Down but not out: Why Omanyala should be celebrated more despite his seventh-place finish in Budapest

© Ferdinand Omanyala.

ATHLETICS Down but not out: Why Omanyala should be celebrated more despite his seventh-place finish in Budapest

Joel Omotto 19:39 - 24.08.2023

The sprint sensation has already achieved what no Kenyan had managed before in 100m and the country can only feel proud of him with the 2024 Olympics around the corner.

Africa’s fastest man Ferdinand Omanyala met his waterloo at the 2023 World Athletics Championships when he finished seventh in the 100m final.

It was a disappointing end to a race and event that promised so much for the African record holder. He had done everything within his power to stay in great form and shape ahead of the World Championships in Budapest, Hungary.

Omanyala had stayed on the coattails of his rivals all season, beating some of them, and all hopes were that he would make history by winning not only Kenya’s first 100m medal at the Worlds but also Africa’s.

As it turned out, Africa ended its drought with Botswana sprint sensation Letsile Tebogo winning silver but Kenya and Omanyala ended up empty-handed.

“I would have done better. But I don’t dwell on the past…it’s gone and we can’t go back in time and change anything. I want to focus and move on,” said Omanyala after the race, opting to focus on the future.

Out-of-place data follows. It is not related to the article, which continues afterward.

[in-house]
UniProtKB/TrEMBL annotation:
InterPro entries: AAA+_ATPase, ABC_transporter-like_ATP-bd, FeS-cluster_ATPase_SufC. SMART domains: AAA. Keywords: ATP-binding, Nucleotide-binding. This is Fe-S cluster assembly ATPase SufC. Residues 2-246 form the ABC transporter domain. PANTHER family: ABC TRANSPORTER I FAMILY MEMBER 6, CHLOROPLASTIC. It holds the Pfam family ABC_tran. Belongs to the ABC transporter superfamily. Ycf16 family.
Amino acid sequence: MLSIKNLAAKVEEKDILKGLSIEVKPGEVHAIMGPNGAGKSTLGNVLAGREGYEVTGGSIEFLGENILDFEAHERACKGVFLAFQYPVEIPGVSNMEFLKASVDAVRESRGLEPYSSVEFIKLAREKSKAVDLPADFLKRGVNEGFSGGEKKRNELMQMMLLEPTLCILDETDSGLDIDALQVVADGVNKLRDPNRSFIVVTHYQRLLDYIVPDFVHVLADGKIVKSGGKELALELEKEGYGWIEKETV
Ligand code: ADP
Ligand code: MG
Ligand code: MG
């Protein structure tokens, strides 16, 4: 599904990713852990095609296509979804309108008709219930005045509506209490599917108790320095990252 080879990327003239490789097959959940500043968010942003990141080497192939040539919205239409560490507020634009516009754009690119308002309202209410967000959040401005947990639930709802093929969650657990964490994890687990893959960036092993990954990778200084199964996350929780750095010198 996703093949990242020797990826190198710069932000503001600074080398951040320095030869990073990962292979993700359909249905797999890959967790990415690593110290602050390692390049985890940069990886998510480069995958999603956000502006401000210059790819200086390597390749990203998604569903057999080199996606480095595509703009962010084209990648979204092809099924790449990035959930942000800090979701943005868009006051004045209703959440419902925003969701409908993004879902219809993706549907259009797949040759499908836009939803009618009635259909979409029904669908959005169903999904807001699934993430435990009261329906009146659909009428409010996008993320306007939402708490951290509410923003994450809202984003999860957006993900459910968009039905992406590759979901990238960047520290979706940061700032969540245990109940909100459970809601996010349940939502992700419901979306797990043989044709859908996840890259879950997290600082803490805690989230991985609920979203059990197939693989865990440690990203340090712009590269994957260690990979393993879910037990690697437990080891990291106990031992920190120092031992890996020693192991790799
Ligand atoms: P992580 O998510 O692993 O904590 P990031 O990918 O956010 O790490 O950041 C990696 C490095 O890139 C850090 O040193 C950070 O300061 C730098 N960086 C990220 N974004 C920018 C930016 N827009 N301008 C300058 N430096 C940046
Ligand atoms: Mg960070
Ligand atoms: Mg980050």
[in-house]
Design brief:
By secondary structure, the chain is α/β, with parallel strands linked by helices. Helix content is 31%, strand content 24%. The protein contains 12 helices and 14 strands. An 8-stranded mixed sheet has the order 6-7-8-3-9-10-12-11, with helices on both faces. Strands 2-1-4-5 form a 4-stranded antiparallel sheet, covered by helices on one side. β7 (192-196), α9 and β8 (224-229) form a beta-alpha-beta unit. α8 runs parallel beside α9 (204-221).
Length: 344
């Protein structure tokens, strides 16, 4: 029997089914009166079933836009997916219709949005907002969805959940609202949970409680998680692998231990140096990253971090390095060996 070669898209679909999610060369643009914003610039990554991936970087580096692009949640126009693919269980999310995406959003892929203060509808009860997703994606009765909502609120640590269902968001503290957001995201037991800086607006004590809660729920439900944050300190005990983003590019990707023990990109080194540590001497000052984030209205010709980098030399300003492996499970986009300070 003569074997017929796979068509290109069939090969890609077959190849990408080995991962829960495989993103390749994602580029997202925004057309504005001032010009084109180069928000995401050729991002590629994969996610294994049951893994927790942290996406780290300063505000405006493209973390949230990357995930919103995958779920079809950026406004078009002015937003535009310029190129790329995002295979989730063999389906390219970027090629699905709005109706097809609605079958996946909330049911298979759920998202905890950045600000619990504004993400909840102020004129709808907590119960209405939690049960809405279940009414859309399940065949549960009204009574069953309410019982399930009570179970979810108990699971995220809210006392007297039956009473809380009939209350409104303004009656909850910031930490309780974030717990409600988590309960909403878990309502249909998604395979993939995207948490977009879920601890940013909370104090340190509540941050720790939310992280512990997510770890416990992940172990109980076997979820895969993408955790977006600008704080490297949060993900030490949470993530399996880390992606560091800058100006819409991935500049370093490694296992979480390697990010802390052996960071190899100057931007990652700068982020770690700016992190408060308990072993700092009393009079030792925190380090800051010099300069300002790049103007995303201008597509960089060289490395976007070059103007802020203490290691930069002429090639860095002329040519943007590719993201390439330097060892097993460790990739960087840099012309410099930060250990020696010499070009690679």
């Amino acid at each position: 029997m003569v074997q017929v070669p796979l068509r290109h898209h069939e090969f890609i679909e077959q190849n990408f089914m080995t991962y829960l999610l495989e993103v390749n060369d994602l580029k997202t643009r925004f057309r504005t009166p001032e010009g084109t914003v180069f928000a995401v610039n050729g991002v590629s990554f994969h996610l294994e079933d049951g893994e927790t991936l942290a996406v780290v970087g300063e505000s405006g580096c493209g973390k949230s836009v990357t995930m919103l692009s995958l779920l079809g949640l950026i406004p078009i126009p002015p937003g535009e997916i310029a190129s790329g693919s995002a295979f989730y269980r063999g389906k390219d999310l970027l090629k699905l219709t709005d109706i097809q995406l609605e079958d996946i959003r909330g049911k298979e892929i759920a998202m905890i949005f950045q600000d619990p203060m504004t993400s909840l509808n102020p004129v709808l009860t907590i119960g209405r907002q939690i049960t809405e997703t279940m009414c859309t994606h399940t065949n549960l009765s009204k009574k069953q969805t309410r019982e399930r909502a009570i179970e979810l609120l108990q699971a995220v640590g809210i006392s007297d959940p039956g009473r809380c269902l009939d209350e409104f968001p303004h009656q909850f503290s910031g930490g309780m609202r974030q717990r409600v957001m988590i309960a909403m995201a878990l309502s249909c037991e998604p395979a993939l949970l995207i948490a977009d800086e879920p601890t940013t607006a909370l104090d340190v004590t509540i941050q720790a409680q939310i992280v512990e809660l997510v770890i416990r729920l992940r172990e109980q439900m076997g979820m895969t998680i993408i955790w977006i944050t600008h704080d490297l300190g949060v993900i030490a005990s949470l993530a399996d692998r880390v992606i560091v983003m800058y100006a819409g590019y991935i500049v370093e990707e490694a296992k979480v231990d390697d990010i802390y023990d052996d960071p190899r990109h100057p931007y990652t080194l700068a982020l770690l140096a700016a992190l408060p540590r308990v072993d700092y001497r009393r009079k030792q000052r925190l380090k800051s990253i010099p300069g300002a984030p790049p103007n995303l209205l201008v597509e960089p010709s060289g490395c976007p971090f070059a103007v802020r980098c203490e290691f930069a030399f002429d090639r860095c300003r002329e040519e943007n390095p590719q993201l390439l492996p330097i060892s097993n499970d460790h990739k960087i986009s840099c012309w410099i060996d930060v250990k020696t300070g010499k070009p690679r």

“My body wasn't just firing from the semi-final as it did in the heats. We just have to go back and see what happened and see where to correct and see what to do best next time,” he added.

A number of reasons have been given for Omanyala’s failure to finish on the podium with poor tactics among those cited.

For starters, he squeezed into the final by sheer luck after finishing in third place in the semi-final and had an agonising wait before he went through as one of the fastest losers after defending champion Fred Kerley shockingly missed out.

In the final, he did not have the best starts in the ninth lane and never recovered as American Noah Lyles, Tebogo and Great Britain’s Zharnel Hughes completed the podium.

But poor tactics or not, Omanyala can feel proud of himself having conquered where no Kenyan has done before,

The 27-year-old simply broke the glass ceiling since 100m is not a race Kenyans have ever had a chance in with Americans and runners from Caribbean nations dominating the distance.

So, to go into the World Championships as an 100m medal prospect was already an achievement in itself even if the ultimate goal was not achieved.

The fact that Omanyala has taken on Americans and Jamaicans, and beaten some of them, while posting some of the best times in the world with not as much support and facilities as what they have is a testament to the heights he has hit.

Omanyala finished third at the Rabat Diamond League behind winner Kerley and South African Akani Simbine before improving to second place in Florence when the former world champion also won.

The African champion then finished second in Paris behind Lyles, before winning his first Diamond League race in Monaco last month. That was after winning the Kip Keino Classic in Nairobi in May.

He is already the first Kenyan to break the 10-second barrier in 100m, reached the semi-final at the Olympics, and won the country’s first Commonwealth gold over the distance in the Games’ 60-year history.

With all these, Omanyala should be celebrated more which will give him the impetus to right his wrongs at the 2024 Paris Olympics.